Washing Maria's Feet By Dick Duerksen

Photo: Dick Duerksen
She arrived at the rural clinic just before lunch, walking barefoot through a raspberry field steeper than the Washington monument's stairway.

The triage nurse, a teenager on her first mission trip, greeted her and her silent husband.

"Name?"

"Age?"

"Married?"

"Where does it hurt?"

She spoke no English or Spanish, only the Quechua her grandmother had taught her.

Her cloudy eyes, multilingual, spoke to her husband as if he were Adam.

Her answers were soft as rabbit fur.

"Maria Elena Gonzalez de Guzman"
"More than 80...at least."
"To him. Forever."
"Everywhere."

Maria Elena Gonzalez de Guzman took her place on a cold metal chair next to "him." They waited together. Just as they have done everything since before the volcano made the mountains.

The clinic manager, a US Air Force nurse who has retired into caring for teenage kids and ancient women, stopped by her chair and stopped breathing. It wasn't her ash-stained bowler hat or her layers of woolen clothing. It was her feet. They were bare and ugly.

Maria Elena's feet had gnarled like the roots of a great tree. Her ankles, burnished ironwood burl, rose above Supports that would have given Shrek two hideous reasons for pride.

She waited her turn, feet planted deep on the concrete floor.

Their numbers were called together, and they shuffled into the physician’s circle of cold chairs together. Just as they had always done everything, Together.

The Lady Doc, a slim Army Emergency Room resident who had come along to find herself, stood and welcomed Maria Elena Gonzalez de Guzman into her examination circle.

Blood pressure, pulse, respiration, lungs, some basic questions, and then the exam became personal.

"Where does it hurt?"

"Everywhere." Her grimace and wave did not need translation.

"Especially my back. It is hard to carry the firewood and the water uphill anymore."

The Lady Doc reached for Maria Elena's hands and raised her to a semi-standing position. The exam was brief and conclusive.

Maria Elena's back would bring a cry of personal pain from any chiropractor with the courage to examine it.

Then the Lady Doc looked down. Way down to the brown roots supporting the bent-back woman standing before her like an Inca Queen.

The visible toe nails were cracked, split , and hammered like the crude grub hoes their owner carried to the field every day.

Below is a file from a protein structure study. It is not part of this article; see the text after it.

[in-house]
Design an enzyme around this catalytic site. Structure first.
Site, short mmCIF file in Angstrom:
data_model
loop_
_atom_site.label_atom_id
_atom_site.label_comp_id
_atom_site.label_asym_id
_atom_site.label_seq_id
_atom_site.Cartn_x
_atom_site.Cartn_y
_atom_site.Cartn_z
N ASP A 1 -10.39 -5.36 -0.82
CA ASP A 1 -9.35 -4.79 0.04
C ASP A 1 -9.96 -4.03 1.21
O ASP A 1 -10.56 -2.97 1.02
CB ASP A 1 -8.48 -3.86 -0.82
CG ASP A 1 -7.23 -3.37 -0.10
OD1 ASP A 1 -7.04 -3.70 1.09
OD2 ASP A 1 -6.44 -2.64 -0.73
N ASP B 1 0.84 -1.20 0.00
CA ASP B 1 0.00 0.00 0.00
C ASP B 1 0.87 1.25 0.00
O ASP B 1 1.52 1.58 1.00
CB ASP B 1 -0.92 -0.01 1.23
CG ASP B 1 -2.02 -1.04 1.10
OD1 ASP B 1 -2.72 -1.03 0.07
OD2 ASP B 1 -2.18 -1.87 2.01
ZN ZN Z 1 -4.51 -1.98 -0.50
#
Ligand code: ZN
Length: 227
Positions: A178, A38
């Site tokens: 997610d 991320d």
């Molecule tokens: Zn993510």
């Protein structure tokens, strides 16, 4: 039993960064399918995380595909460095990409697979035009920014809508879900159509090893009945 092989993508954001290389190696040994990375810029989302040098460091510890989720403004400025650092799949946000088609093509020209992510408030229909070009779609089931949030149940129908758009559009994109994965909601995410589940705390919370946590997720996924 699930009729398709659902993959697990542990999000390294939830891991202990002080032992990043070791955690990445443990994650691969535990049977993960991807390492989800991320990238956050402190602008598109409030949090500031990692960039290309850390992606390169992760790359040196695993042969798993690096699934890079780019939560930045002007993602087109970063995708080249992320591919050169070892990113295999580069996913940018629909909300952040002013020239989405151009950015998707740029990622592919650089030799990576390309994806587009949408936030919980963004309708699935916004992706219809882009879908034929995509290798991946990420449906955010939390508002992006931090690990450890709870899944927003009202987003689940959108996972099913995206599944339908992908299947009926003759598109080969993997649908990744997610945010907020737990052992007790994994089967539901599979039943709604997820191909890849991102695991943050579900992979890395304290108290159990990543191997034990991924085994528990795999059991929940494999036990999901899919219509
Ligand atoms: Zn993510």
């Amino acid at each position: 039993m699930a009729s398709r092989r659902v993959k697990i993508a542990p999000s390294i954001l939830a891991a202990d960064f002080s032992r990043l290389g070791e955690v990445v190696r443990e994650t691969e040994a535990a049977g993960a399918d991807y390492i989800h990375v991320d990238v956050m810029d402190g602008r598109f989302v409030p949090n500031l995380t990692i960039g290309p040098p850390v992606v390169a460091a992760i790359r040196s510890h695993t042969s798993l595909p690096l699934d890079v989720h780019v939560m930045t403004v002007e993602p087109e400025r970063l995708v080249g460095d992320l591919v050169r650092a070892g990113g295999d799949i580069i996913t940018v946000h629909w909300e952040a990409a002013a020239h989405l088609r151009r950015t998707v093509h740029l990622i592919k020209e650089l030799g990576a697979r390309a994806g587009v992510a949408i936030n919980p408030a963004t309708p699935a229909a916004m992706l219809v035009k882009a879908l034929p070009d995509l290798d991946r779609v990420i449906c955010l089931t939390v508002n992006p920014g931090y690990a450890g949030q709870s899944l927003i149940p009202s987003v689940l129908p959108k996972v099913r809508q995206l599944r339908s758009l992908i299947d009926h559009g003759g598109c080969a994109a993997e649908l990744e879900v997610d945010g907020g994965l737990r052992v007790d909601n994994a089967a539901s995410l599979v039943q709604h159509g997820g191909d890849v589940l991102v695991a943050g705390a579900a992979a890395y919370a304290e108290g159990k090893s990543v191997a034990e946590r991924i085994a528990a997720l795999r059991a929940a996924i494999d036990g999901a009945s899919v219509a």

The Lady Doc wiggled her toes deep inside her boots and asked, "Do you have shoes?"

"Never. Always needed to walk in my own feet."

Inside her own hiking boots the Lady Doc was protecting a recent pedicure that included a red, white, and blue eagle on her carefully-trimmed big toenails.

"Please bring me a basin of water," she asked a runner. "And the pink towel that is hanging over the back seat in our bus."

Moments later the Lady Army Doc knelt before Maria Elena Gonzalez de Guzman, with a red plastic basin of miraculously warmish water between her knees, and a bright pink towel safely draped over her left shoulder.

The right foot came first, accumulated dust turning the water into a mud puddle. The Lady Doc rubbed softly, pretending the foot belonged to her own mother, the woman who had hoped her daughter would grow up to be a missionary doctor.

A hand, powerful from picking generations of raspberries, reached out and rested on the Lady Doc's shoulder. Their eyes touched, igniting a fire of honor between them, then leaking love into rivers that merged into an unstoppable torrent.

When both feet were washed and the tears quenched, the sisters stood together.

One, a slim young Army Doc. The other, a bent memory of the wife who had once run through the mountain fields. They stood, linked together with something greater than either could describe.

Later, carrying their new treasures of vitamins and Tylenol, the couple walked across the road and up the mud steps toward their raspberry field and their mud home. Her feet, covered with fresh dust, were clean.

Dick Duerksen, from northern California, shares this touching encounter he witnessed in Ecuador. All rights reserved © 2013 VisitInSpire.org. Click here for content usage information.